b) Arnold Schoenberg is best recognized as the creator of 12-tone technique, the ordering of all 12 notes of the Western chromatic scale, so as to exhaust all 12 notes before repeating any.5 But there is more involved, a lot of shit you can do to such a procession of notes, but it’s a doozy to pack in here. So, if you haven’t heard Schoenberg’s work or read his theory books, check out his Verklarte Nacht, then check out anything he wrote way after he wrote Verklarte Nacht. Maybe read the theory book I’ll mention in a sec. I mention Nacht because it is another venue of musical impossibility. The 40-somethingth bar of this piece features a chord in fourth inversion: The diatonic note immediately above the root of the chord becomes the lowest note in this chord. So as to avoid getting into early music theory, let’s leave it at this: Dude flipped a tall chord upside-down, and it sounded like hot piss to other dudes with money and power and women. In Schoenberg’s “Harmonielehre,” his treatise on composition, he claims that “[i]t is self-evident: there is no such thing as an inversion of a ninth chord; therefore there is no such thing as a performance of it, for one cannot perform something that does not exist. So I had to wait for several years [for someone to perform the piece].” The jury presiding over the programming department of the venue at which his piece was to premiere rejected the piece on the grounds that nobody had thought to write that kind of chord, so nobody should allow that kind of chord to be performed, lest people get the idea that it was socially acceptable to write that kind of chord. Hmph.

In both of these cases, the impossible musical event could be performed mechanically speaking. But, ideologically, it could not. Thinking in terms of musicking, and reading shit like this, I can’t help but wonder what impermeable walls have been set up around me, so as to preclude me from forbidden musical practice, musical practice that I can’t capitalize on, that’s necessarily invisible.

That said, I still think about musical forms and events a lot, on a solely structural level. I tend to do it compulsively. Composition is what I do when I want to do something that I feel is so important that I simply can’t spare the tine to talk to loan officers or people I’ve wronged. So, a quick thought about esoteric structure, and then one more about criticism.


Macintosh HD:Users:jedijones:Desktop:Berg_lulu_palindrome_mirror_point.png

This is the first image that pops up, if you Google “musical palindrome.” I don’t know what the hell it’s from. Looks hard to make happen quickly.

Palindromic musical operations, passages that you can read forward and backward and still end up playing the same thing, those aren’t common. At least, I can’t recall having heard many. It’s hard to make them sound fresh, unless they unfold over a long period of time–and then, it’s hard to make them sound coherent with whatever rules one likely composes by (I have not encountered a great many for whom the only rules are “make some sounds” and “make those sounds backwards”). A composer named Olivier Messaien managed to pull off small-scale palindromic structure in the 1st and 6th movement of his Quatour pour la fin du temps. Igor Stravinsky’s Canticum Sacrum is very nearly palindromic, if you only listen to the 1st and 5th movement. I couldn’t find scores for to illustrate this fact succinctly, but give them a listen (at least at the beginnings and ends) and you’ll hear it. Fuck me, yeah?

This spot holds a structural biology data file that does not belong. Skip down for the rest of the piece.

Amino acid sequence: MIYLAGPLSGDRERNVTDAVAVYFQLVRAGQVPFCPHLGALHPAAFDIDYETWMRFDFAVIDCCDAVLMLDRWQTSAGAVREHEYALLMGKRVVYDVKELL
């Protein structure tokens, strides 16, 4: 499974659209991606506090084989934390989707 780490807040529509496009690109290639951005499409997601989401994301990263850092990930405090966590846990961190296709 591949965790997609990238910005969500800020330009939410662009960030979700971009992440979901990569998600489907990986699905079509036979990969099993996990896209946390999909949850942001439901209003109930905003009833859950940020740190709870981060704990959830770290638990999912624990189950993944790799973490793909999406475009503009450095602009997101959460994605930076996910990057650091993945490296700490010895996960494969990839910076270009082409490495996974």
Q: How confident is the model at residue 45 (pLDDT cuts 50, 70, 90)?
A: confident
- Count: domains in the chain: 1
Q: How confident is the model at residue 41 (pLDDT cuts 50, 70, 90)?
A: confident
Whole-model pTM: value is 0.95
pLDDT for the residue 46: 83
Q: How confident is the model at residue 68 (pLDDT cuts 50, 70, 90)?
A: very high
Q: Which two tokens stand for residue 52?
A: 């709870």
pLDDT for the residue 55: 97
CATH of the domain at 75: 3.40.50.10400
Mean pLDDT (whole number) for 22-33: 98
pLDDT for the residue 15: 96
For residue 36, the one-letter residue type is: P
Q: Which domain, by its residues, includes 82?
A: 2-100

Well, anyway, this palindrome thing… it depends on your frame of reference, the extent of its… palindromocity? Let’s say you hand the above passage to a 3-piece ensemble (piccolo, mini Moog, and muted tuba), and they manage to play it as written. Then, you tell them to play it backwards. They will almost certainly play the same thing, unless they chump a note. You could record the forward and backward performance at the same tempo, and the pitches and rhythms and general contour and texture of each would match up perfect (well… if you totally ignore the fermatas, the little moustache-and-goatee markings).

Something dawned on me a few months ago: A score might be palindromic, but the sound that results from it cannot be reversed and remain the same in some cases! If you take that first recording you made and just play it backwards, the pitches, the rhythms, they’ll still be in the same places. But the “attack,” the “hit,” the “start-sound” of each note (the “bwomp” of the tuba, the “hweeeow” of the Moog, the “fwhih” of the piccolo) will be in a totally different place, and the way the notes swell will change. In that sense, the physical sound, etched into the very fabric of time, is not a palindrome (unless you’re using only sine-wave generators as instruments, as they (ideally) produce no “hit” sound, no “start-sound”… but let’s discard that idea for the purposes of this dribbling).

Creating a “true” musical palindrome would require that the volume of a held note and that onset, that “start-sound,” be… uh… palindromed, as well. This is not a process that I think many performers are prepared to perform–it is a process that some might not be able to perform with their weapon of choice. I can’t conceive of a way in which a guitarist might produce a reverse-note without some serious (and seriously costly) electromagnetic manipulation. Drummers of the world! How the hell might you play a snare hit, in reverse!?